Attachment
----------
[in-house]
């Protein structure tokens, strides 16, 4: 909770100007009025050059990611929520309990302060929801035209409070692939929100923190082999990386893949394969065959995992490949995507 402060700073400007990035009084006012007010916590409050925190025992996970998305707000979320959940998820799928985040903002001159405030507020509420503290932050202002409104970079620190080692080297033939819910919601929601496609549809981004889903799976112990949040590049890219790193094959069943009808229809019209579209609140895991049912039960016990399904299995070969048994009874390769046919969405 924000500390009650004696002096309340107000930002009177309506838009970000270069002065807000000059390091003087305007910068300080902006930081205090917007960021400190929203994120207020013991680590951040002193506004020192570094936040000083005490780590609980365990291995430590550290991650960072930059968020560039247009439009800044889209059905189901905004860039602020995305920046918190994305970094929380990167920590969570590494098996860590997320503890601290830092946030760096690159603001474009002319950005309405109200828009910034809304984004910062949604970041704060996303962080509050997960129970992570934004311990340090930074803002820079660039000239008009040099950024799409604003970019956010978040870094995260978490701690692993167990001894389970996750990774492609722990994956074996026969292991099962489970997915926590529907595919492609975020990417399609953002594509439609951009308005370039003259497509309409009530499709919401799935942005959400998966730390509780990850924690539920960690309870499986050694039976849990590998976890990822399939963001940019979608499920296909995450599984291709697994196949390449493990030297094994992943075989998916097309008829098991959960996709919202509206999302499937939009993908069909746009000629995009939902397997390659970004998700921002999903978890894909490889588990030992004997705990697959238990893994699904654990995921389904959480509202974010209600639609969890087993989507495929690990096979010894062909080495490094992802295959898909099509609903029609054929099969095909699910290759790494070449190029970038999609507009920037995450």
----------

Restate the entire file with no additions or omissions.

[in-house]
């Protein structure tokens, strides 16, 4: 909770100007009025050059990611929520309990302060929801035209409070692939929100923190082999990386893949394969065959995992490949995507 402060700073400007990035009084006012007010916590409050925190025992996970998305707000979320959940998820799928985040903002001159405030507020509420503290932050202002409104970079620190080692080297033939819910919601929601496609549809981004889903799976112990949040590049890219790193094959069943009808229809019209579209609140895991049912039960016990399904299995070969048994009874390769046919969405 924000500390009650004696002096309340107000930002009177309506838009970000270069002065807000000059390091003087305007910068300080902006930081205090917007960021400190929203994120207020013991680590951040002193506004020192570094936040000083005490780590609980365990291995430590550290991650960072930059968020560039247009439009800044889209059905189901905004860039602020995305920046918190994305970094929380990167920590969570590494098996860590997320503890601290830092946030760096690159603001474009002319950005309405109200828009910034809304984004910062949604970041704060996303962080509050997960129970992570934004311990340090930074803002820079660039000239008009040099950024799409604003970019956010978040870094995260978490701690692993167990001894389970996750990774492609722990994956074996026969292991099962489970997915926590529907595919492609975020990417399609953002594509439609951009308005370039003259497509309409009530499709919401799935942005959400998966730390509780990850924690539920960690309870499986050694039976849990590998976890990822399939963001940019979608499920296909995450599984291709697994196949390449493990030297094994992943075989998916097309008829098991959960996709919202509206999302499937939009993908069909746009000629995009939902397997390659970004998700921002999903978890894909490889588990030992004997705990697959238990893994699904654990995921389904959480509202974010209600639609969890087993989507495929690990096979010894062909080495490094992802295959898909099509609903029609054929099969095909699910290759790494070449190029970038999609507009920037995450």